Don’t let the homeless fool you. There’s no shortage of housing. Yet, wherever you look, Italians are looking to sell their properties. In cities like Turin, it’s practically a firesale. Suffering from two decades of decline, incurred by the policies of successive Berlusconi governments, the Eurozone crisis simply compounded what was an already catastrophic economic situation, pushing millions out of their homes. Yet, Il Cavaliere, or so he is fond of being called, still finds himself entitled to national leadership.
Tell that to the the legions of frustrated Italian tax collectors, who, already used to having to contend with a culture of tax dodging (including that of the ex-Prime Minister,) now find it difficult to collect anything at all;. Hence this flyer, affixed to Turin walls last summer. Bemoaning the city’s attempt to collect insurance money off of a fire that took place in a squat, the endeavor smacks of desperation. The worst kind, really, as, it contends, the city authorities, and insurance companies, conspired together to earn non-existent cash from a building that was uninsured in the first place.
Whether the story is true or not, the problem is that it sounds entirely plausible. And, for those who are familiar with the history of squatting, there are ample precedents for exploiting the urban renewal efforts of housing occupations. Take, for example, the council flats restored by squatters in the United Kingdom. A good many of their radical occupants have been turfed out by city authorities, only to see their homes put on the market, and sold to private owners, at a profit. This is just a different version of the same. Still, the practice loses no capacity to shock, as it’s an especially cruel exercise.
ODOUR OF SPECULATION
Three months after the devastation of part of the house by a fire, the province turned up at Barocchio together with an insurance adjuster to evaluate the damages to be refunded. In recent months, the reconstruction has been taking place: we have completely rebuilt the concert hall roof, (placed) a slab over the kitchen (that is going to be a terrace,) we have started to use again most of the areas that were not fit for usage and we started to use the pizza oven again. We still have to finish the chapel roof, on which we are already working. All this was possible thanks to the solidarity of many people and groups form different parts of Europe; (through their work) and economic support, through the organization of benefit events, institutions, devoted to the money god, have smelled (the) odour of money and try to make money from something that has never belonged to them. About which money do they dare talk about? Which damages have they suffered? We (would like to point out) the fact that Barocchio, at the time of (its) occupation, practically had no roof and, in addition to its reconstruction, twenty years worth of structural reinforcements were made, preventing the building’s collapse.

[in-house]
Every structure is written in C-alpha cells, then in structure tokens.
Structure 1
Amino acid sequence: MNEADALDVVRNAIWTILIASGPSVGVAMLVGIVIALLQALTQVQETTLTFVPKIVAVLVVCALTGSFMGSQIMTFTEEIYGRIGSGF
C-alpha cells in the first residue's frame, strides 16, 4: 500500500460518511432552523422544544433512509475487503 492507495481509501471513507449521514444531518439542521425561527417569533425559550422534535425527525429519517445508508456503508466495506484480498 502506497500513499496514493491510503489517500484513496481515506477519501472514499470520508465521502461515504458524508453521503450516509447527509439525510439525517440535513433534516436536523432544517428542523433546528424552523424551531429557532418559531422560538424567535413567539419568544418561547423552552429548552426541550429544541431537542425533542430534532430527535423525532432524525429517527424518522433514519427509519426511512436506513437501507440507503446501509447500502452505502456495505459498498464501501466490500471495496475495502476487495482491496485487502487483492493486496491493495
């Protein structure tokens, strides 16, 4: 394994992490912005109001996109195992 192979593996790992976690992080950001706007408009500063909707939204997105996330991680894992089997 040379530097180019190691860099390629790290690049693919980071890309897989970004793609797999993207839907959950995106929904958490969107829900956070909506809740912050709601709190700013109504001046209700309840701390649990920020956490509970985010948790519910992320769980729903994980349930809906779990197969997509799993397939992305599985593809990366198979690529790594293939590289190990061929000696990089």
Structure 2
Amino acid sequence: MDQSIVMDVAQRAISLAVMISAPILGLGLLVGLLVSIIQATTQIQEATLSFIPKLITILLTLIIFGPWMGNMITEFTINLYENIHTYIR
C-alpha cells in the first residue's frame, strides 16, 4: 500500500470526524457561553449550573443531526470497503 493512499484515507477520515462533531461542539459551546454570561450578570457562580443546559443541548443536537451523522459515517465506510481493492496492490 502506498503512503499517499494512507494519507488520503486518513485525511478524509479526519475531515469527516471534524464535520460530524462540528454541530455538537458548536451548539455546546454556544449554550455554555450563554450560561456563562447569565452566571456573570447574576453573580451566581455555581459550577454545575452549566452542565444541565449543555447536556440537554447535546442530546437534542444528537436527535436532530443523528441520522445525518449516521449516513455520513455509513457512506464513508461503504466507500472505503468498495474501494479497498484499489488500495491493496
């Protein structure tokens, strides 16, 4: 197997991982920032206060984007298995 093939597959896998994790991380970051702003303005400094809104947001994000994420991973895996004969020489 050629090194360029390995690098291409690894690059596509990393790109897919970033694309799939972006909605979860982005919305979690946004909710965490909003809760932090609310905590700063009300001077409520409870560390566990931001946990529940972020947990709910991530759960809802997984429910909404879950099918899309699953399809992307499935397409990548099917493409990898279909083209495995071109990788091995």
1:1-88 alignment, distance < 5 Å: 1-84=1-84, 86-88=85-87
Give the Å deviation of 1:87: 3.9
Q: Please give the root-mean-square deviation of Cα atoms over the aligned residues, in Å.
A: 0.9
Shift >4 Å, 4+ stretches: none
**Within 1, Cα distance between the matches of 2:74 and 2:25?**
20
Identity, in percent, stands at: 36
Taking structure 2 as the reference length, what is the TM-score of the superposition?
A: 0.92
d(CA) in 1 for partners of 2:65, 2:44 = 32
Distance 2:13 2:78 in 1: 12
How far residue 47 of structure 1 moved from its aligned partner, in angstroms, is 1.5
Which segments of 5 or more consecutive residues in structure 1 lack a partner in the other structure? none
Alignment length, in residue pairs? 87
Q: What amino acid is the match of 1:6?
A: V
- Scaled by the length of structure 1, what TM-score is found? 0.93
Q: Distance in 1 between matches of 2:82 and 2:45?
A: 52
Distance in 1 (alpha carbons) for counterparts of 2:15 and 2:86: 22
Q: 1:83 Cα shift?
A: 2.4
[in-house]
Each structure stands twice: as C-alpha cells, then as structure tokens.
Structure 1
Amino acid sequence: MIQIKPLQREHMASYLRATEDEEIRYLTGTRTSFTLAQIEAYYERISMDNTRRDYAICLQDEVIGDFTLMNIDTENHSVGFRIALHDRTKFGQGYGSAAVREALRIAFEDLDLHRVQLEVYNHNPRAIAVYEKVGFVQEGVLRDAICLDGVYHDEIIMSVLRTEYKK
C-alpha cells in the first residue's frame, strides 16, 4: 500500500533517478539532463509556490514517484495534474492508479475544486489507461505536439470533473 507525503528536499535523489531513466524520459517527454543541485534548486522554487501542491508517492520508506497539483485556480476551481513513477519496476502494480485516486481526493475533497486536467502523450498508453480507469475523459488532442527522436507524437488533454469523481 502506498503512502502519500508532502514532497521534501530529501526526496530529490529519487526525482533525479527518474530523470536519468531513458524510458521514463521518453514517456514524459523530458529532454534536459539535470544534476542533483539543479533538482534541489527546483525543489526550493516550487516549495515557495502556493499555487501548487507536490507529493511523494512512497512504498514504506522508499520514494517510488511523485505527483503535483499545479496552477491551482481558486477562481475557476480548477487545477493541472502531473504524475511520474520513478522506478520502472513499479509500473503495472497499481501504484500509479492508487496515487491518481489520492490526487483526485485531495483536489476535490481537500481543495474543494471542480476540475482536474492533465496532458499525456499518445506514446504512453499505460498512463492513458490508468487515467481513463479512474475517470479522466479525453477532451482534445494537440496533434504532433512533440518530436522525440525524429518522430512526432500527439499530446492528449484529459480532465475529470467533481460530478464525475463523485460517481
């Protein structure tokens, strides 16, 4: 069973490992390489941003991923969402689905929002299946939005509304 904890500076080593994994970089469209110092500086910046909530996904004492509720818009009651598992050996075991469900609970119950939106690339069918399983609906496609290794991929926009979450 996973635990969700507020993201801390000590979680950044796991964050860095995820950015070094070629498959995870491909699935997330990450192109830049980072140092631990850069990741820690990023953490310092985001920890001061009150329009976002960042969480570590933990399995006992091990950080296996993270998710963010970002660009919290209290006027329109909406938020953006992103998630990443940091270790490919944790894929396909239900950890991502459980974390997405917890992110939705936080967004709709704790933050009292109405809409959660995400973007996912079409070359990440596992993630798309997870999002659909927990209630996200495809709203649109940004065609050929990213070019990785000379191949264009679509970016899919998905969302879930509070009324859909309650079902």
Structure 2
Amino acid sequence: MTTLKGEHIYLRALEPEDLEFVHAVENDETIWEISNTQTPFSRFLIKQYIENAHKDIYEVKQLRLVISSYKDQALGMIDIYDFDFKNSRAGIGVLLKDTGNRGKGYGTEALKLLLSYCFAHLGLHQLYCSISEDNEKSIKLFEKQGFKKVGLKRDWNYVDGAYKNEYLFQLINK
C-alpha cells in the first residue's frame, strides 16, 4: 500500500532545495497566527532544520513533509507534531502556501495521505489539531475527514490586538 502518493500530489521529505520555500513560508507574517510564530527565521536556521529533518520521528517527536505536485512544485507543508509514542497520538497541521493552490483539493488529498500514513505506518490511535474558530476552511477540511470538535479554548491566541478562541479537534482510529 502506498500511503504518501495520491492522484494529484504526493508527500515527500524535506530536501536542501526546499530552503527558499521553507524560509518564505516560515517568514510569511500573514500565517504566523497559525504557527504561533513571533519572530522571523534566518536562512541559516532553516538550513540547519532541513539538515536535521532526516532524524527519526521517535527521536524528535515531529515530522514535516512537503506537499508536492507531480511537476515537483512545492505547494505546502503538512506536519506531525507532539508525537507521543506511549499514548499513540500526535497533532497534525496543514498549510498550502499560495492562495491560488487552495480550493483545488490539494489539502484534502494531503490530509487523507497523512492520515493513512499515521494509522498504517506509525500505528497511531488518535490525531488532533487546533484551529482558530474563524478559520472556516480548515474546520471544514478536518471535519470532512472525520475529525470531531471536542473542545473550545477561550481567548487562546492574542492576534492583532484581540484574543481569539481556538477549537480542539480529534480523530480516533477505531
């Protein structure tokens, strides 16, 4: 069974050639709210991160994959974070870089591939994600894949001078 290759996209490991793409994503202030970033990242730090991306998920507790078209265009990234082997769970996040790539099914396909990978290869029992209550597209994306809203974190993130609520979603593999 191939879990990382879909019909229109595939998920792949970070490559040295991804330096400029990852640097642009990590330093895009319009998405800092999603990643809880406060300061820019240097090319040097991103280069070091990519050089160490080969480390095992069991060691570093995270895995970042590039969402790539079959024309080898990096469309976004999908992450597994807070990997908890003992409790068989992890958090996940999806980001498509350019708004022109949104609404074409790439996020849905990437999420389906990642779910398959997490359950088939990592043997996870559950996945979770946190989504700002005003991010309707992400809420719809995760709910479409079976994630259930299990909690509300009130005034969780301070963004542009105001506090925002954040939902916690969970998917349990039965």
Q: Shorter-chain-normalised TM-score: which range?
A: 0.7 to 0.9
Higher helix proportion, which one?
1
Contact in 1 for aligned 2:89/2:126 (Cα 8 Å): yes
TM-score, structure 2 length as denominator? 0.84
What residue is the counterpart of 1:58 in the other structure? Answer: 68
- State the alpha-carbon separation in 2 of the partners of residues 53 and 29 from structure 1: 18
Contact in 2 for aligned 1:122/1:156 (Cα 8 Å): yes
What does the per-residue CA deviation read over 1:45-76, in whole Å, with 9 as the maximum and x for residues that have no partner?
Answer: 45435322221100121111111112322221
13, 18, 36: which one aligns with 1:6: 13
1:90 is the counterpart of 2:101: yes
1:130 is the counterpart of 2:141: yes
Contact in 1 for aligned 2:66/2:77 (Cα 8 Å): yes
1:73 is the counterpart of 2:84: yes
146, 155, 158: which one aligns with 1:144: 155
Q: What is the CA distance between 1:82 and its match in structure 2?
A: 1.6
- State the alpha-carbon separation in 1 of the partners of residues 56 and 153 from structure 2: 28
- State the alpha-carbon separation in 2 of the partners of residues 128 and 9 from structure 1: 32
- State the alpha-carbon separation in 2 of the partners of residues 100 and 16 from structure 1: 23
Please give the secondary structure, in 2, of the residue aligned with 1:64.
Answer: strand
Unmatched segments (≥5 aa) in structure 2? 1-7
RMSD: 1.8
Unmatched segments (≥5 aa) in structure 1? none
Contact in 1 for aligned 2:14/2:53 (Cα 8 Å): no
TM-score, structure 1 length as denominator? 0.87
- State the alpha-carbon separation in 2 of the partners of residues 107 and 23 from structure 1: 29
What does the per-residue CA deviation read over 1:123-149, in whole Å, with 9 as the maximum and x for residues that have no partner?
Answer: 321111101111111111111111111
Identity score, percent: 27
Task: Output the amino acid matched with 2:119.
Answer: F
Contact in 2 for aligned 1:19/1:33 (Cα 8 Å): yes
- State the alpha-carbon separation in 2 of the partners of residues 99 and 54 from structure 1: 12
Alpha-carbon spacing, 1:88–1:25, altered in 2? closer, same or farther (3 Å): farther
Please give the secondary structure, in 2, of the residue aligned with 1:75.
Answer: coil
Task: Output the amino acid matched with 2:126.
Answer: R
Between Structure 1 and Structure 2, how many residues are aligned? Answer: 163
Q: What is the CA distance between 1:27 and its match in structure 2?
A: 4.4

No wonder that the province, in need of money, scrapes the bottom of the barrel, asking for reimbursement for the work carried out by others. It has already been communicated to the province that we don’t intend to make our activity legal, nor to keep any kind of relation with (state) institutions. Solidarity is much stronger than speculation. This house will keep on living far from any money or certification of habitability. Otherwise, our rage is ready to be poured on your desks and on our city squares!
Even in these days of (struggle,) we have been sympathetic and supportive of those struck by evictions and repression.
For each eviction, 10 100 1000 occupations.
BAROCCHIO SQUAT 1992-2013
To get info about the work in progress please visit website http://it.squat.net/2013/06/08/torino-barocchio-squat/
Translated from the Italian by Giulia Pace. Introduction and photographs courtesy of Joel Schalit.